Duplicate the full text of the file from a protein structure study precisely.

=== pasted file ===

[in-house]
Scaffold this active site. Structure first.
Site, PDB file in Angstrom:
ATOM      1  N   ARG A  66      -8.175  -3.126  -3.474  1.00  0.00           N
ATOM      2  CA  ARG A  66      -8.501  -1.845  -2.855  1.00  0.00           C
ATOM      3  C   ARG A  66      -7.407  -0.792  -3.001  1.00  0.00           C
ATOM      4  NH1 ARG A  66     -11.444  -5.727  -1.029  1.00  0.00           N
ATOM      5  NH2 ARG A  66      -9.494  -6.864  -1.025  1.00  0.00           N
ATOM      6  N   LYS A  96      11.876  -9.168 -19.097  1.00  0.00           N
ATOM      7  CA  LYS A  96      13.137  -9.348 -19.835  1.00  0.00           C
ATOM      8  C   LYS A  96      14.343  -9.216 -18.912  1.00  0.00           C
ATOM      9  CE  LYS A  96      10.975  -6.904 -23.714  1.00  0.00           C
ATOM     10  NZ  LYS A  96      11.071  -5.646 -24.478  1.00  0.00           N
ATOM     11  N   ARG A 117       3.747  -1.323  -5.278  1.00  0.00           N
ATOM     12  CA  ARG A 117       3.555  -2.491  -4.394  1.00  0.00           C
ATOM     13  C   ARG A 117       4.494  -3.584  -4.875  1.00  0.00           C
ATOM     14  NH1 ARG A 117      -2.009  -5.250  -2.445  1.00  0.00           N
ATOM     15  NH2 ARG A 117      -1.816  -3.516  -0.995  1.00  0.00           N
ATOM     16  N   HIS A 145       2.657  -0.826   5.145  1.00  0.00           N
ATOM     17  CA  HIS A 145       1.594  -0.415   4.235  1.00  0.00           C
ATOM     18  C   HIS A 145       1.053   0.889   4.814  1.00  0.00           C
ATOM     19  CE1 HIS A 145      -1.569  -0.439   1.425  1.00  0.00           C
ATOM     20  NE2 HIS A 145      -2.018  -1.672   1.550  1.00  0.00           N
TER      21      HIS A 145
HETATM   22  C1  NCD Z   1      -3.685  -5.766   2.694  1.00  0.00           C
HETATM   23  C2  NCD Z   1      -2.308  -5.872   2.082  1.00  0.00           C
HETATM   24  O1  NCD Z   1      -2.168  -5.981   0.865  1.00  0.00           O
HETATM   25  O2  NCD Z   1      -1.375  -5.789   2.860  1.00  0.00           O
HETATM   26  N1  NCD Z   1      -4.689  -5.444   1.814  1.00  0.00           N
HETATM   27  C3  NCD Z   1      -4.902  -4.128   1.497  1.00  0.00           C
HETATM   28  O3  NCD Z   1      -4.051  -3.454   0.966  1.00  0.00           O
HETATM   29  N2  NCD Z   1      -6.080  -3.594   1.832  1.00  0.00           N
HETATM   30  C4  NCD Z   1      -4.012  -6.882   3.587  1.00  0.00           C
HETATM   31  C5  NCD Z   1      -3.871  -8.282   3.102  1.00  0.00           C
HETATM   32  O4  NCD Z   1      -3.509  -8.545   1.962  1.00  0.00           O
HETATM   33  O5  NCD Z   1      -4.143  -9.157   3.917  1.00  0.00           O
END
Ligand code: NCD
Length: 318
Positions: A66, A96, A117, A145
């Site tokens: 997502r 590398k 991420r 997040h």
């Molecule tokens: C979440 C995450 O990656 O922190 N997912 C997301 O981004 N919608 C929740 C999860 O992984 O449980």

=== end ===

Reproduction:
[in-house]
Scaffold this active site. Structure first.
Site, PDB file in Angstrom:
ATOM      1  N   ARG A  66      -8.175  -3.126  -3.474  1.00  0.00           N
ATOM      2  CA  ARG A  66      -8.501  -1.845  -2.855  1.00  0.00           C
ATOM      3  C   ARG A  66      -7.407  -0.792  -3.001  1.00  0.00           C
ATOM      4  NH1 ARG A  66     -11.444  -5.727  -1.029  1.00  0.00           N
ATOM      5  NH2 ARG A  66      -9.494  -6.864  -1.025  1.00  0.00           N
ATOM      6  N   LYS A  96      11.876  -9.168 -19.097  1.00  0.00           N
ATOM      7  CA  LYS A  96      13.137  -9.348 -19.835  1.00  0.00           C
ATOM      8  C   LYS A  96      14.343  -9.216 -18.912  1.00  0.00           C
ATOM      9  CE  LYS A  96      10.975  -6.904 -23.714  1.00  0.00           C
ATOM     10  NZ  LYS A  96      11.071  -5.646 -24.478  1.00  0.00           N
ATOM     11  N   ARG A 117       3.747  -1.323  -5.278  1.00  0.00           N
ATOM     12  CA  ARG A 117       3.555  -2.491  -4.394  1.00  0.00           C
ATOM     13  C   ARG A 117       4.494  -3.584  -4.875  1.00  0.00           C
ATOM     14  NH1 ARG A 117      -2.009  -5.250  -2.445  1.00  0.00           N
ATOM     15  NH2 ARG A 117      -1.816  -3.516  -0.995  1.00  0.00           N
ATOM     16  N   HIS A 145       2.657  -0.826   5.145  1.00  0.00           N
ATOM     17  CA  HIS A 145       1.594  -0.415   4.235  1.00  0.00           C
ATOM     18  C   HIS A 145       1.053   0.889   4.814  1.00  0.00           C
ATOM     19  CE1 HIS A 145      -1.569  -0.439   1.425  1.00  0.00           C
ATOM     20  NE2 HIS A 145      -2.018  -1.672   1.550  1.00  0.00           N
TER      21      HIS A 145
HETATM   22  C1  NCD Z   1      -3.685  -5.766   2.694  1.00  0.00           C
HETATM   23  C2  NCD Z   1      -2.308  -5.872   2.082  1.00  0.00           C
HETATM   24  O1  NCD Z   1      -2.168  -5.981   0.865  1.00  0.00           O
HETATM   25  O2  NCD Z   1      -1.375  -5.789   2.860  1.00  0.00           O
HETATM   26  N1  NCD Z   1      -4.689  -5.444   1.814  1.00  0.00           N
HETATM   27  C3  NCD Z   1      -4.902  -4.128   1.497  1.00  0.00           C
HETATM   28  O3  NCD Z   1      -4.051  -3.454   0.966  1.00  0.00           O
HETATM   29  N2  NCD Z   1      -6.080  -3.594   1.832  1.00  0.00           N
HETATM   30  C4  NCD Z   1      -4.012  -6.882   3.587  1.00  0.00           C
HETATM   31  C5  NCD Z   1      -3.871  -8.282   3.102  1.00  0.00           C
HETATM   32  O4  NCD Z   1      -3.509  -8.545   1.962  1.00  0.00           O
HETATM   33  O5  NCD Z   1      -4.143  -9.157   3.917  1.00  0.00           O
END
Ligand code: NCD
Length: 318
Positions: A66, A96, A117, A145
């Site tokens: 997502r 590398k 991420r 997040h």
């Molecule tokens: C979440 C995450 O990656 O922190 N997912 C997301 O981004 N919608 C929740 C999860 O992984 O449980």